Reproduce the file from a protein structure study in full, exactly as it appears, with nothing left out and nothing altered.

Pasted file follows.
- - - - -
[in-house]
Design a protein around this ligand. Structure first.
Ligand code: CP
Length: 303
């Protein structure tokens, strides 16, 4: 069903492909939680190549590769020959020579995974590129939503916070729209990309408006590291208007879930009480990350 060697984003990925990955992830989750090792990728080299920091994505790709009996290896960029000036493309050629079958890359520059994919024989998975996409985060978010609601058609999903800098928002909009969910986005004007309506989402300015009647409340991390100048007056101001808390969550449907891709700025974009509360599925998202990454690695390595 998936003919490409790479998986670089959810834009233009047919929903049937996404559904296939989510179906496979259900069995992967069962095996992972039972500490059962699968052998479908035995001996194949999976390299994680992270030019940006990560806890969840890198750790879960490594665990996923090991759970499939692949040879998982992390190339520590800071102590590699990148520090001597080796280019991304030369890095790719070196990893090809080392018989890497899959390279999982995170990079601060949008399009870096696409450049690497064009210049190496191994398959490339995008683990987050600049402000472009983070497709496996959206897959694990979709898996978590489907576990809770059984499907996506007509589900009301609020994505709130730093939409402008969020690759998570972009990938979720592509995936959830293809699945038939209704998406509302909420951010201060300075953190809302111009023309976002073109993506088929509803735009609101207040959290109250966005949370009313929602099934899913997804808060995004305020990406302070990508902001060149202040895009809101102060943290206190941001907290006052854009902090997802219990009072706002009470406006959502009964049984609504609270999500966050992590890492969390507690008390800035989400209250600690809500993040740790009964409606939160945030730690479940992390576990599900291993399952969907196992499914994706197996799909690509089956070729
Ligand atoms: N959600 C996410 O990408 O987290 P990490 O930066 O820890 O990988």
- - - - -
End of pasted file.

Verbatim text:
[in-house]
Design a protein around this ligand. Structure first.
Ligand code: CP
Length: 303
């Protein structure tokens, strides 16, 4: 069903492909939680190549590769020959020579995974590129939503916070729209990309408006590291208007879930009480990350 060697984003990925990955992830989750090792990728080299920091994505790709009996290896960029000036493309050629079958890359520059994919024989998975996409985060978010609601058609999903800098928002909009969910986005004007309506989402300015009647409340991390100048007056101001808390969550449907891709700025974009509360599925998202990454690695390595 998936003919490409790479998986670089959810834009233009047919929903049937996404559904296939989510179906496979259900069995992967069962095996992972039972500490059962699968052998479908035995001996194949999976390299994680992270030019940006990560806890969840890198750790879960490594665990996923090991759970499939692949040879998982992390190339520590800071102590590699990148520090001597080796280019991304030369890095790719070196990893090809080392018989890497899959390279999982995170990079601060949008399009870096696409450049690497064009210049190496191994398959490339995008683990987050600049402000472009983070497709496996959206897959694990979709898996978590489907576990809770059984499907996506007509589900009301609020994505709130730093939409402008969020690759998570972009990938979720592509995936959830293809699945038939209704998406509302909420951010201060300075953190809302111009023309976002073109993506088929509803735009609101207040959290109250966005949370009313929602099934899913997804808060995004305020990406302070990508902001060149202040895009809101102060943290206190941001907290006052854009902090997802219990009072706002009470406006959502009964049984609504609270999500966050992590890492969390507690008390800035989400209250600690809500993040740790009964409606939160945030730690479940992390576990599900291993399952969907196992499914994706197996799909690509089956070729
Ligand atoms: N959600 C996410 O990408 O987290 P990490 O930066 O820890 O990988």